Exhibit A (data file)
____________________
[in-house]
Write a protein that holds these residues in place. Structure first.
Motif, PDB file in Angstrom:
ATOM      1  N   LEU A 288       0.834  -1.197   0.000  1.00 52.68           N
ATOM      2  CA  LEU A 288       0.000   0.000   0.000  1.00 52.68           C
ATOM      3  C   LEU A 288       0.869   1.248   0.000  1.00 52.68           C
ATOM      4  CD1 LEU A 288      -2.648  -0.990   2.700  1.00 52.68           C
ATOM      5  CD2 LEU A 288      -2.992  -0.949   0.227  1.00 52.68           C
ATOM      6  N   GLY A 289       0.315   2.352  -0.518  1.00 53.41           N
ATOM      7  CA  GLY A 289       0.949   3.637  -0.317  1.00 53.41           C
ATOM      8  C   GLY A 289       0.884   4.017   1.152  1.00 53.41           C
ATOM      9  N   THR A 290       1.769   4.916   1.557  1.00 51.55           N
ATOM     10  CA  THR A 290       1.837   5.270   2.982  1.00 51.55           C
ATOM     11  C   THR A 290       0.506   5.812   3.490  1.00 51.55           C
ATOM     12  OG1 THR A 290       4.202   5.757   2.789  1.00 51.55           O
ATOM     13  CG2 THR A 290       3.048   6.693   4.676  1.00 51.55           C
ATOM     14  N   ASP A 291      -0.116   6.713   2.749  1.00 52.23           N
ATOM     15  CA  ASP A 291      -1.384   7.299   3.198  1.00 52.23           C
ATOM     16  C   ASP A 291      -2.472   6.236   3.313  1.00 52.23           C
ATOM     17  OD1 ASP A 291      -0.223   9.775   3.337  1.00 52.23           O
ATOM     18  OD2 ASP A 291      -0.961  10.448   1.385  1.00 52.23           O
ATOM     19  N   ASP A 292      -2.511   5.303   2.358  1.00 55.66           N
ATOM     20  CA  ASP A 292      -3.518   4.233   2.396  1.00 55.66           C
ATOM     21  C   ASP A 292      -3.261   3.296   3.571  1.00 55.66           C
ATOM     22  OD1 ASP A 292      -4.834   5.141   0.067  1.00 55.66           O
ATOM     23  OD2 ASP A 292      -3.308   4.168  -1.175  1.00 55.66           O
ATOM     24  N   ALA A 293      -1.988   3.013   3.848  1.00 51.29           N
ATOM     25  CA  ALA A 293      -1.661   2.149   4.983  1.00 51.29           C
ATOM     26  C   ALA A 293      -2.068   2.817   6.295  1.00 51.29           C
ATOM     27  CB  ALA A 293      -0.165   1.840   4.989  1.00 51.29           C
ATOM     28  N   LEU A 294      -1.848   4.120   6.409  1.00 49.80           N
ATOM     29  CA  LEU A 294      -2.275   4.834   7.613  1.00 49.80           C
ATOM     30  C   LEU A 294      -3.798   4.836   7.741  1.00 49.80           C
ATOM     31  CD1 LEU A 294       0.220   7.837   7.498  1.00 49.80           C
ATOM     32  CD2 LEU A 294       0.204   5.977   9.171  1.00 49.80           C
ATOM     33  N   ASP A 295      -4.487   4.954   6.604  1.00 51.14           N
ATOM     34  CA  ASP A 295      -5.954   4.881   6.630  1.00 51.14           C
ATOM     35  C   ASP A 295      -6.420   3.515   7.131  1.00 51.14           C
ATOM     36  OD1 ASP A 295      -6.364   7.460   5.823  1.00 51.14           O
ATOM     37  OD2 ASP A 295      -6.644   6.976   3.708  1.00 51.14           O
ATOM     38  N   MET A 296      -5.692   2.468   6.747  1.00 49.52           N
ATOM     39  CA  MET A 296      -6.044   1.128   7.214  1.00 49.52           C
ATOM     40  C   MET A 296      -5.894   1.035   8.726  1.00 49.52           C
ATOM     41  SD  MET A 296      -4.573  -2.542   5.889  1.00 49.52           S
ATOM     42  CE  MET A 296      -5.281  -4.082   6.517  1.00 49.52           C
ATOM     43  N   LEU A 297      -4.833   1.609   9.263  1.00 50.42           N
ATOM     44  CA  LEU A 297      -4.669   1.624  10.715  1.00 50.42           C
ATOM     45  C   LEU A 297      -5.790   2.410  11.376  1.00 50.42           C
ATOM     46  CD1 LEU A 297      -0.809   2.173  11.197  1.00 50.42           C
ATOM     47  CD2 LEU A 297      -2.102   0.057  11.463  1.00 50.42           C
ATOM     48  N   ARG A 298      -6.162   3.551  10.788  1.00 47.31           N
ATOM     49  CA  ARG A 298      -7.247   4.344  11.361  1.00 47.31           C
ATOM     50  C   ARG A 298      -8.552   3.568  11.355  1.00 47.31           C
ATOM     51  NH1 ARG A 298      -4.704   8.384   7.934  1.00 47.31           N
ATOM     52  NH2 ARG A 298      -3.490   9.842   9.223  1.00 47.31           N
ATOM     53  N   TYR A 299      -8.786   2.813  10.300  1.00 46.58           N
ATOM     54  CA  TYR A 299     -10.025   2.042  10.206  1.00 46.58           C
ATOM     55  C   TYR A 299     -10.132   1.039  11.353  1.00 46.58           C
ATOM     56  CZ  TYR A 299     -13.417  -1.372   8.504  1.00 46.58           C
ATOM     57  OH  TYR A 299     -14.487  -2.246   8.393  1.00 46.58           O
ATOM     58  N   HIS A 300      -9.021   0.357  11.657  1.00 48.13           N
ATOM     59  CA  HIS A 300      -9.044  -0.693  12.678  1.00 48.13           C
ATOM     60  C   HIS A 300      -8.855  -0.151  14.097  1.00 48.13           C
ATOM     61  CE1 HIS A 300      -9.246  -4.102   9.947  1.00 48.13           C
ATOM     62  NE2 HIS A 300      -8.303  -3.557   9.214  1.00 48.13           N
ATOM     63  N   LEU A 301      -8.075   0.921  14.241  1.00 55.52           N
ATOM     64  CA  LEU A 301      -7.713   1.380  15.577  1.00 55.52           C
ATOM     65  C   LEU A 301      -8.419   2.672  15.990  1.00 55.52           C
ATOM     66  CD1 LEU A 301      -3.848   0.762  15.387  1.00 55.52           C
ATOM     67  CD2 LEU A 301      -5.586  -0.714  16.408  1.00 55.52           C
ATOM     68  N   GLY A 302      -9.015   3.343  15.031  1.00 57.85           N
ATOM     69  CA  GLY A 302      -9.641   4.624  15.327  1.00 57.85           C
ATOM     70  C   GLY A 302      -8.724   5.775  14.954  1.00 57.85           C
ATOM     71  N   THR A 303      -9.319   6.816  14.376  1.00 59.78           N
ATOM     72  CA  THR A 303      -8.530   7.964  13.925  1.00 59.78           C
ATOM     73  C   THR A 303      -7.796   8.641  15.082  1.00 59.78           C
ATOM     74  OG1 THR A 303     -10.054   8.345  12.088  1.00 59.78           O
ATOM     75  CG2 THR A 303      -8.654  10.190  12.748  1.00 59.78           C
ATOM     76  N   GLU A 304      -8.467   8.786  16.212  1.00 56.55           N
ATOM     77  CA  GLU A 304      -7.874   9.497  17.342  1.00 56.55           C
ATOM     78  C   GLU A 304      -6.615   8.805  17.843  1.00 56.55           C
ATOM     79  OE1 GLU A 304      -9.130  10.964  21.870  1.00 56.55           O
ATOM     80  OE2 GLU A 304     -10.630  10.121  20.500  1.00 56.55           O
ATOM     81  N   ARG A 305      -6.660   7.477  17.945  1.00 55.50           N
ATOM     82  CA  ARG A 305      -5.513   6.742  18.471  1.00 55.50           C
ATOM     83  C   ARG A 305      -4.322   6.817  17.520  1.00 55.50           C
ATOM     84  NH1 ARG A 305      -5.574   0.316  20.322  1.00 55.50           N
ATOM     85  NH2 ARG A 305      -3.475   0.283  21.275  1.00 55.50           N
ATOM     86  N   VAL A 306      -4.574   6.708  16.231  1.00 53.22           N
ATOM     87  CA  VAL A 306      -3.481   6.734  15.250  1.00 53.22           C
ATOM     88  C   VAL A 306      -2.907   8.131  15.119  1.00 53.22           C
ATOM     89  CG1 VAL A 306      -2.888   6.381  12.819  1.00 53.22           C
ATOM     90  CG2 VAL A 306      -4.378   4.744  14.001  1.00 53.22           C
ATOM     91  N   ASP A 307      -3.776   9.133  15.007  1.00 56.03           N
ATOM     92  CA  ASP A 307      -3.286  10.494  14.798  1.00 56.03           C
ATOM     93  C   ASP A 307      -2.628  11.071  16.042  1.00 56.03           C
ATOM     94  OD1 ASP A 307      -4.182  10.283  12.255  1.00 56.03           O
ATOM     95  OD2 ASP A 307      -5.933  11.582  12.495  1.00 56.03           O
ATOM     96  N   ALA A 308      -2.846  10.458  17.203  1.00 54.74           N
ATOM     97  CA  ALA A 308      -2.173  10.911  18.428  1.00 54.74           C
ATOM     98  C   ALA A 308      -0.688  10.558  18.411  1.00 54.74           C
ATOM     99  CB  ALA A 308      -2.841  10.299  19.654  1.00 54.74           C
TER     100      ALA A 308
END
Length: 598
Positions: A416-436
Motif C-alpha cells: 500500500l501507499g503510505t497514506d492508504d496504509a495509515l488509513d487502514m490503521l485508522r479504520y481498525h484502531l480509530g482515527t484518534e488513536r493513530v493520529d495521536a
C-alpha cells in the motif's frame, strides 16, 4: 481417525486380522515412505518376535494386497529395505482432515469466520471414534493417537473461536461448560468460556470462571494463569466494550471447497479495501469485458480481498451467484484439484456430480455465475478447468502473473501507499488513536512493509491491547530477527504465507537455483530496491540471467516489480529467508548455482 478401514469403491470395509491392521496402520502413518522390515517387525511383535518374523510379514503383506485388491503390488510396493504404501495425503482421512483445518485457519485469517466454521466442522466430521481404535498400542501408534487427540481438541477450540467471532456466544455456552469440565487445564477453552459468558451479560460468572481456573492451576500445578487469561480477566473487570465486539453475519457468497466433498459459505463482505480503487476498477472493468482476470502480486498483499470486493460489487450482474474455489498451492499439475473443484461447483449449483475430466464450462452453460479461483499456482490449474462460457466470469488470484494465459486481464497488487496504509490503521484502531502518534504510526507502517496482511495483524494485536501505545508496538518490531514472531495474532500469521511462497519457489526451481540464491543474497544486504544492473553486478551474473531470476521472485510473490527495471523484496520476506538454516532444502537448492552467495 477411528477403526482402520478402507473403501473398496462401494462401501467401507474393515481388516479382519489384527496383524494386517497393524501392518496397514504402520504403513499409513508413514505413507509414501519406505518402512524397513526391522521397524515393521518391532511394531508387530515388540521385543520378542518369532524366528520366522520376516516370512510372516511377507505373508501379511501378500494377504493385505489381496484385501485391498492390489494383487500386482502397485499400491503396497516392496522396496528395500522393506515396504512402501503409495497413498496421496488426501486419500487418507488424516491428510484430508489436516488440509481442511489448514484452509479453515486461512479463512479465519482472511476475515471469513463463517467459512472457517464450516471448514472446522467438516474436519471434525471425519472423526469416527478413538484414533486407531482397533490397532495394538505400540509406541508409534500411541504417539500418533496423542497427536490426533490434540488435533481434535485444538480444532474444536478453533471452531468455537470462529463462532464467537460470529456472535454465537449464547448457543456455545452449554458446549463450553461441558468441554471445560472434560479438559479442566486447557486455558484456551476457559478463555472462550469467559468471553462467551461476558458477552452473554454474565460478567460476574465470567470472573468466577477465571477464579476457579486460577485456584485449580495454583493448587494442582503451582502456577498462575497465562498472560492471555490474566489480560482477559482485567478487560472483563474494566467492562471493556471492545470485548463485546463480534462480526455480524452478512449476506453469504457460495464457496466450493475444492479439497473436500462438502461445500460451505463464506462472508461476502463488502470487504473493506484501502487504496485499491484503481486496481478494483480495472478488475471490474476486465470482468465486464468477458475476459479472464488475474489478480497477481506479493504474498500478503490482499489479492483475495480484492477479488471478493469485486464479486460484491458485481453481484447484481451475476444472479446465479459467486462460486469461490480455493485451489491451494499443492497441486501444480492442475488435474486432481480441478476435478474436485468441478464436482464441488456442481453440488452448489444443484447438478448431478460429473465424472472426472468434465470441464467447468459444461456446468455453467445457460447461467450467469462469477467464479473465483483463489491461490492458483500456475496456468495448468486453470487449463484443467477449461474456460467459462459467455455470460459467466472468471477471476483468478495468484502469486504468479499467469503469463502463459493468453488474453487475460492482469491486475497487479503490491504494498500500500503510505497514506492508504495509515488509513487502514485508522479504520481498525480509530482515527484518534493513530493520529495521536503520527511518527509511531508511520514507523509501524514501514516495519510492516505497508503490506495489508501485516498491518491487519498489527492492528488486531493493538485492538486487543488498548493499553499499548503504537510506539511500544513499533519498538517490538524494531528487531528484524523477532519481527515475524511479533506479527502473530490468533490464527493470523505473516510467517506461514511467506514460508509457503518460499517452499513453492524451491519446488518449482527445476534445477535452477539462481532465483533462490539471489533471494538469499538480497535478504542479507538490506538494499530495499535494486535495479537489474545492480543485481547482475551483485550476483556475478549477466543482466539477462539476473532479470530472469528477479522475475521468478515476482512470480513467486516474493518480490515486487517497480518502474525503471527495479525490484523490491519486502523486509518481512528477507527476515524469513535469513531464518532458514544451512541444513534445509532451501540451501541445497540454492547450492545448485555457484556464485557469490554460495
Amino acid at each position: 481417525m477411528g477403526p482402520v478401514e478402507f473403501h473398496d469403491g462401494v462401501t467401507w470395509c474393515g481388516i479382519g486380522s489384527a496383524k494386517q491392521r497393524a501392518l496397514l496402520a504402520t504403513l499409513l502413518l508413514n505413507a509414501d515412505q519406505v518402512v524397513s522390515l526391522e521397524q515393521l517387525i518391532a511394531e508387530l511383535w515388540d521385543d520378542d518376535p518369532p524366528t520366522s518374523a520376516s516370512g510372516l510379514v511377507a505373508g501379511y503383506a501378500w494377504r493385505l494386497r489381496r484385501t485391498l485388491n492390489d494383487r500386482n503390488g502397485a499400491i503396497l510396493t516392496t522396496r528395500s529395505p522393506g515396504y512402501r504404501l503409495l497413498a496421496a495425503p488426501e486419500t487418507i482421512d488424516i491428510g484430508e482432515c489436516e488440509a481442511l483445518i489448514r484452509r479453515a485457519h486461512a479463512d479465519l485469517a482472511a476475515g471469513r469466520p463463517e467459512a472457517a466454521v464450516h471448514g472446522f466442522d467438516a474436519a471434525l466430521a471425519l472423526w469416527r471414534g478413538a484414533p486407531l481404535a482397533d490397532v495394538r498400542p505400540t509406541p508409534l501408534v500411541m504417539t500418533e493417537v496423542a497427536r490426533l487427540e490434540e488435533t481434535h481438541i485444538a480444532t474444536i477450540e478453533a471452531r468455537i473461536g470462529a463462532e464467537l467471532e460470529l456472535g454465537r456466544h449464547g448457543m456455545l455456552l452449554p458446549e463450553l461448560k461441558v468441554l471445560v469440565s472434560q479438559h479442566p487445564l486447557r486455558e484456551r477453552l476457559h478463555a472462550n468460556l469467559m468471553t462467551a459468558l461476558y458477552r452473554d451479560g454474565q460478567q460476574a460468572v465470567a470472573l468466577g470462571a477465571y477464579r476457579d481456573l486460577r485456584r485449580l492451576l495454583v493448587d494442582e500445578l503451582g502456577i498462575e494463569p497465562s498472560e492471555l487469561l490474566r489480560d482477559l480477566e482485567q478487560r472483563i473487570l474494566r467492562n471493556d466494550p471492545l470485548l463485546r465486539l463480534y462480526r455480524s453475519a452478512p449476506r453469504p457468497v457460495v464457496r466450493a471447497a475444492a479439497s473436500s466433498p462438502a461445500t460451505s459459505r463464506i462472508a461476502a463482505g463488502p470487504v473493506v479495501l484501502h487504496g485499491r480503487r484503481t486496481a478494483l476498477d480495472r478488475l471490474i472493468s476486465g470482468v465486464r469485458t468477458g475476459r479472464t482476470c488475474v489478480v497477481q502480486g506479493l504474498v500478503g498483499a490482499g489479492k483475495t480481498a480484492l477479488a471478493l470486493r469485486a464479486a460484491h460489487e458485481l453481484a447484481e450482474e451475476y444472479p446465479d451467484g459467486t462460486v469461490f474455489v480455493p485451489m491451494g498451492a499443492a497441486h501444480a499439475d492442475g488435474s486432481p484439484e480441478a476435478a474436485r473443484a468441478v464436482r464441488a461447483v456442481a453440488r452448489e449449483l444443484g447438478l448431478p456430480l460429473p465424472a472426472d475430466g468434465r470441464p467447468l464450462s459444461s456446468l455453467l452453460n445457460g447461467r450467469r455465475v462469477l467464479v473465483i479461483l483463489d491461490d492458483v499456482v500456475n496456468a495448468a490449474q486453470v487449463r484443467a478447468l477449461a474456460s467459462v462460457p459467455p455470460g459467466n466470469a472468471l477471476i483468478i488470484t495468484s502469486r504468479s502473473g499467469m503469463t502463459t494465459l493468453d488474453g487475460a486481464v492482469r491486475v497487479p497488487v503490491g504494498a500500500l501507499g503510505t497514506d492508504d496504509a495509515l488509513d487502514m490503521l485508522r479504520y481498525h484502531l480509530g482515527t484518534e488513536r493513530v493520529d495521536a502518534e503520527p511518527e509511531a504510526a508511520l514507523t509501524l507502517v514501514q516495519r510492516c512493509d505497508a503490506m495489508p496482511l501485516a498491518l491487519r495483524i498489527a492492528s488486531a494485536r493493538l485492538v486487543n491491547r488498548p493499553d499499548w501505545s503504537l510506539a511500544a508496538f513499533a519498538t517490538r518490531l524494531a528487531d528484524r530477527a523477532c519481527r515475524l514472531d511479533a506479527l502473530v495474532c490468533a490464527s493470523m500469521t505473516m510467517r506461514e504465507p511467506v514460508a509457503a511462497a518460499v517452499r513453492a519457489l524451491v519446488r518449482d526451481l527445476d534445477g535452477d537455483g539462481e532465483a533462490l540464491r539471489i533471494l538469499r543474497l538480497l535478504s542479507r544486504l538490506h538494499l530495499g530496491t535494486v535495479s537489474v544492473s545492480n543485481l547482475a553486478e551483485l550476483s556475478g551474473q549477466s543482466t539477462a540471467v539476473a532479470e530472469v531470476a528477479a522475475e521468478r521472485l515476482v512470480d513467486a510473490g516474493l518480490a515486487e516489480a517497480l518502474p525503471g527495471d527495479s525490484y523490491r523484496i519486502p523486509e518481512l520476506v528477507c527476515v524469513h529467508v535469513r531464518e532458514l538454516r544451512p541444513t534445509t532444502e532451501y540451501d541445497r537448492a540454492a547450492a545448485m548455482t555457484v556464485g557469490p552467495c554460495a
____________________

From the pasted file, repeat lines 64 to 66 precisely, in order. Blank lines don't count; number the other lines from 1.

ATOM     61  CE1 HIS A 300      -9.246  -4.102   9.947  1.00 48.13           C
ATOM     62  NE2 HIS A 300      -8.303  -3.557   9.214  1.00 48.13           N
ATOM     63  N   LEU A 301      -8.075   0.921  14.241  1.00 55.52           N